Outlines steps for identifying, locating, and engaging family members who may offer permanency to youth in foster care.
Adolescent Adoption: Success Despite Challenges (PDF - 191 KB)
Wright & Flynn
Children and Youth Services Review, (28)5, 2005
Reports findings from a study that examines how adoptive parents and adopted adolescents describe successful adoption, their challenges, and how they account for the success of their adoptions.
Child/Youth Assessment and Preparation
National Resource Center for Adoption
In Adoption Competency Curriculum: Trainer's Guide
Includes trainer preparation materials for a module that focuses on caseworker roles, policies, and procedures in child/youth assessment and preparation, older child and youth adoption, transitioning children and youth from foster care to adoption, and the adoption of sibling groups. Also available: Participant's Handbook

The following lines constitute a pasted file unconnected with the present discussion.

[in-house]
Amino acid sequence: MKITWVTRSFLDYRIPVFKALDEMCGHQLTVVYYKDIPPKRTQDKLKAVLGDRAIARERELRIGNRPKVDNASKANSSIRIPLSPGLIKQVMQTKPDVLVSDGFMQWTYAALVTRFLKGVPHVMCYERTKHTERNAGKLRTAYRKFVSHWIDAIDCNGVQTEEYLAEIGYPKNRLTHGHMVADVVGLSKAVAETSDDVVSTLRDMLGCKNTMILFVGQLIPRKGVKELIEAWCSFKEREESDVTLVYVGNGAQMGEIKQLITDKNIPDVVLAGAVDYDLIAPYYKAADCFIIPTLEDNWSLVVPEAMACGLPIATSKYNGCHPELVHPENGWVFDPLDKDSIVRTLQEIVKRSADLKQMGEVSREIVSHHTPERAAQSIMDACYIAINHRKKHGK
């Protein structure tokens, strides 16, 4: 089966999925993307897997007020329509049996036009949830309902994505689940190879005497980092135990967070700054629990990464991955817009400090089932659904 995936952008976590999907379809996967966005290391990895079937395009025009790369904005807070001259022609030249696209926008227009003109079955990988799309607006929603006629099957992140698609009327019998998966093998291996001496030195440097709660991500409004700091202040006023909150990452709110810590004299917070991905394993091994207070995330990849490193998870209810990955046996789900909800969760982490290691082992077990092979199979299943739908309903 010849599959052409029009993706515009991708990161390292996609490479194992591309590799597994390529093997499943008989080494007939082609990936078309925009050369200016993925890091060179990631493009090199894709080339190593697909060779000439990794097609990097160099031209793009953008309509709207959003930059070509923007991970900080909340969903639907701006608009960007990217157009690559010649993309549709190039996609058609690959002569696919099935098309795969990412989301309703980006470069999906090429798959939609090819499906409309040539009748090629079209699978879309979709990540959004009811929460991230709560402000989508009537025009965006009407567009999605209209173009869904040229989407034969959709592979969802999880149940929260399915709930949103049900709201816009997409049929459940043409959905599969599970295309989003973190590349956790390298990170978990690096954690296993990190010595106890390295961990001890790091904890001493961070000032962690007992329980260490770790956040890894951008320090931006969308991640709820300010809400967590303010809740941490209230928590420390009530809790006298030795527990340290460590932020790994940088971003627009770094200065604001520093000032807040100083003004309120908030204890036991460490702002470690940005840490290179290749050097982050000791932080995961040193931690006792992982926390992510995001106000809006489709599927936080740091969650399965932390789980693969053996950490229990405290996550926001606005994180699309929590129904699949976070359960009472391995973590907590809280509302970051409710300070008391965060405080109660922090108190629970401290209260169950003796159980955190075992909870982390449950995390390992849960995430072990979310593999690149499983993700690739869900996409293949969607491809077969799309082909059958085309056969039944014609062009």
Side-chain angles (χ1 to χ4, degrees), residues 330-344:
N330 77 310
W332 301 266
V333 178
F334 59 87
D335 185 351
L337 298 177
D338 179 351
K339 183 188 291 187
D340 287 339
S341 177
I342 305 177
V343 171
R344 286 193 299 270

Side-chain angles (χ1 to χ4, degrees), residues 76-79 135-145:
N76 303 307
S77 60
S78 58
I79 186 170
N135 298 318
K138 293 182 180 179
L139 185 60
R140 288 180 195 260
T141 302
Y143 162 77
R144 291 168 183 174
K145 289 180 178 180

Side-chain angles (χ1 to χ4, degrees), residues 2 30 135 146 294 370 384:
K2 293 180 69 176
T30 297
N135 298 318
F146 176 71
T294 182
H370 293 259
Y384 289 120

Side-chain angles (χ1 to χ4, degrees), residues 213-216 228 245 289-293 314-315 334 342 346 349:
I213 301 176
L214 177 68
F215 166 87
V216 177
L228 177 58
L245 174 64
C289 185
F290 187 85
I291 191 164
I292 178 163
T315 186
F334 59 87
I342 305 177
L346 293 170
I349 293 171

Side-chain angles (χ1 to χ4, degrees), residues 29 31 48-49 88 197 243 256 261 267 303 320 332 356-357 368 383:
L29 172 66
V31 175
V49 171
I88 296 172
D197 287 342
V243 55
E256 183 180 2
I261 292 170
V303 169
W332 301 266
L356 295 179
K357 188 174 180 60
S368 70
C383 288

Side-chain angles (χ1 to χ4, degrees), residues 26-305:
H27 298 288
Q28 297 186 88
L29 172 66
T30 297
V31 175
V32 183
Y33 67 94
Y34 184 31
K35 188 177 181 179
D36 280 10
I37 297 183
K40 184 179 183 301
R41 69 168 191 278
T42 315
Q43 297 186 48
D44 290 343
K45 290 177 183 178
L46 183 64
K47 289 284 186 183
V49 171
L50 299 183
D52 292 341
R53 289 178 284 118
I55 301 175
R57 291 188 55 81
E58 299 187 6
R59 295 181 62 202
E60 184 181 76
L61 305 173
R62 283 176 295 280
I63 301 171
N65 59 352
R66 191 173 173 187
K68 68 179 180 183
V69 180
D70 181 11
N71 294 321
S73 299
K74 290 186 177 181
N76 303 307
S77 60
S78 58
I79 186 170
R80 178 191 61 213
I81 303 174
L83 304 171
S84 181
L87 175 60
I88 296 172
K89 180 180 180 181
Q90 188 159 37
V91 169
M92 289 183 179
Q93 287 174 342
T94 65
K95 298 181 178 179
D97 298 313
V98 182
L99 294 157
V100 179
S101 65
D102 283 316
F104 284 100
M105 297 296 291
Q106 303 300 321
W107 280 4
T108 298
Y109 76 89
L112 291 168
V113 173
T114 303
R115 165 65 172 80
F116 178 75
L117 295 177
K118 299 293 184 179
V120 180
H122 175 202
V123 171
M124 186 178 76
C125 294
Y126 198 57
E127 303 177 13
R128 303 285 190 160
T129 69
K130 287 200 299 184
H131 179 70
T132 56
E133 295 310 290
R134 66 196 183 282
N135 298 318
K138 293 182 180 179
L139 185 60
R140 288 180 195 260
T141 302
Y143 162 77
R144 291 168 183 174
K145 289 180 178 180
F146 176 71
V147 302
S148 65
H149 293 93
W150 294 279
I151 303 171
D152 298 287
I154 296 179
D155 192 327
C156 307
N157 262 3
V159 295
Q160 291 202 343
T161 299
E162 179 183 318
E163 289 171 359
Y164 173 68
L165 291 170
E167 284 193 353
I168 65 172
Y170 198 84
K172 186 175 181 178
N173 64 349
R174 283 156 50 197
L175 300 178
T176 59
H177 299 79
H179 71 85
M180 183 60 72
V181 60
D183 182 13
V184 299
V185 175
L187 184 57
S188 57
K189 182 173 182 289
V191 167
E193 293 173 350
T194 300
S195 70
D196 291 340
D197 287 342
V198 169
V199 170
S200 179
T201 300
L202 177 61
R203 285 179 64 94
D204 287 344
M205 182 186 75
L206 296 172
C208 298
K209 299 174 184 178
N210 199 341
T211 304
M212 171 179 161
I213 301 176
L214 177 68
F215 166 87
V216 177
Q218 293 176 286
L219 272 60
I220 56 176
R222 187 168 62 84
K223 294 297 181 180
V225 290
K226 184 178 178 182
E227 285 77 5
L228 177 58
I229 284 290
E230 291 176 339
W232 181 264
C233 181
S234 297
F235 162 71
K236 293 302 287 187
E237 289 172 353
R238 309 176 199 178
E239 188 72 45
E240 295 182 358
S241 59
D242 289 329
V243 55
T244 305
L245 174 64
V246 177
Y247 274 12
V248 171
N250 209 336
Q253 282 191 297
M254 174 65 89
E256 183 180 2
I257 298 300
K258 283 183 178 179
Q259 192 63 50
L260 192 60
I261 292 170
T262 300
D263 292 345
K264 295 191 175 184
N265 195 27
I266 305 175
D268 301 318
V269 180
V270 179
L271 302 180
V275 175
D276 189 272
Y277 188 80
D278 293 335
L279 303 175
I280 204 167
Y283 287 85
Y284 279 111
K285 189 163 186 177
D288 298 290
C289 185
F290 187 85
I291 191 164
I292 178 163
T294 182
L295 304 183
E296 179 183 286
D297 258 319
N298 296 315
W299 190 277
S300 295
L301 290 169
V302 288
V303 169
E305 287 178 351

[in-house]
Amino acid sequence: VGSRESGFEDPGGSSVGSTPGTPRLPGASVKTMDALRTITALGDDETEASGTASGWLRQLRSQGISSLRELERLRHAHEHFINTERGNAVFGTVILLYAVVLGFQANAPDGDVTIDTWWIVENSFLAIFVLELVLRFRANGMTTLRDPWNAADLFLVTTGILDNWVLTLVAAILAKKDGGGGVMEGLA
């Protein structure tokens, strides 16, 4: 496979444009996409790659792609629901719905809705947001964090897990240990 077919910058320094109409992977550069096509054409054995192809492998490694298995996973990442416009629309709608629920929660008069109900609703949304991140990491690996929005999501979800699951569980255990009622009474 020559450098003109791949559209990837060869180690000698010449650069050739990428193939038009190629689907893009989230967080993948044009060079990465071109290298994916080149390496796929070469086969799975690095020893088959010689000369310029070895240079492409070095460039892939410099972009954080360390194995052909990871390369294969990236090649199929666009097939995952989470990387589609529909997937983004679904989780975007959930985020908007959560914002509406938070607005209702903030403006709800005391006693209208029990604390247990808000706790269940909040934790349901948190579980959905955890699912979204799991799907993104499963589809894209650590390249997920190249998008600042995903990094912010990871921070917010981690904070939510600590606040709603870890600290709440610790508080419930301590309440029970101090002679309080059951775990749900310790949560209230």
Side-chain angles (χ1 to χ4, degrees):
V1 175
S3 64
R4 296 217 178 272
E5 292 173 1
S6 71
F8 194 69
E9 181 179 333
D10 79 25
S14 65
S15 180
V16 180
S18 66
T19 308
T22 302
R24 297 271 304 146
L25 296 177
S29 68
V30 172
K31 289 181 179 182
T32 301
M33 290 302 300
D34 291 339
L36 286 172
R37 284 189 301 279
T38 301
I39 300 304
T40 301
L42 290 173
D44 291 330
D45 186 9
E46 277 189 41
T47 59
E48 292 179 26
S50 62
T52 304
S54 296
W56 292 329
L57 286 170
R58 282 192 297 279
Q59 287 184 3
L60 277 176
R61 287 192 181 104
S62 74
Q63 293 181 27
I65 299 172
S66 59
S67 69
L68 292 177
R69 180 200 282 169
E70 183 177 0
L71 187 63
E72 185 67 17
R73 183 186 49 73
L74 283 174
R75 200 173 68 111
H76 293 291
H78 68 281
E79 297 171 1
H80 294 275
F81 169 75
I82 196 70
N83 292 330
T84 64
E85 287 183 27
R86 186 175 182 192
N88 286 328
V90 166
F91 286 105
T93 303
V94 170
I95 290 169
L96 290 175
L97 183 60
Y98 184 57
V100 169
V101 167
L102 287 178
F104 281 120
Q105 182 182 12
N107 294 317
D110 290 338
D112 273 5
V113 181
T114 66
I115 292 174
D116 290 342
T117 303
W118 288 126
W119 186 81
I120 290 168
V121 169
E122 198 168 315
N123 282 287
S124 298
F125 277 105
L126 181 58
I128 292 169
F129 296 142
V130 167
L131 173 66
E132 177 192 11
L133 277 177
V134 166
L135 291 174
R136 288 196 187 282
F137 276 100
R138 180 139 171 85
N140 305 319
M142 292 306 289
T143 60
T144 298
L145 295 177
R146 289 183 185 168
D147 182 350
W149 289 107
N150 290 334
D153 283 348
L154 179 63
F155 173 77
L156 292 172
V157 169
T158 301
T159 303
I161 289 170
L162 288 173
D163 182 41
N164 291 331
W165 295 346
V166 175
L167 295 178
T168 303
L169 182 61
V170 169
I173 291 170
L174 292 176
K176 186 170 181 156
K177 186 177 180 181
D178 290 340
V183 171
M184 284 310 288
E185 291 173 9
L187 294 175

Family to Family: A Family for Every Child: Strategies to Achieve Permanence for Older Foster Children and Youth (PDF - 318 KB)
North American Council on Adoptable Children & Annie E. Casey Foundation (2005)
Provides background on the characteristics of older youth in care, the barriers that keep them from permanency, and a new emerging youth permanency philosophy. Recommendations are provided for steps agencies can take to effect organizational change toward permanency for older foster children and youth.
It's Time to Make Older Child Adoption a Reality: Because Every Child and Youth Deserves a Family (PDF - 1060 KB)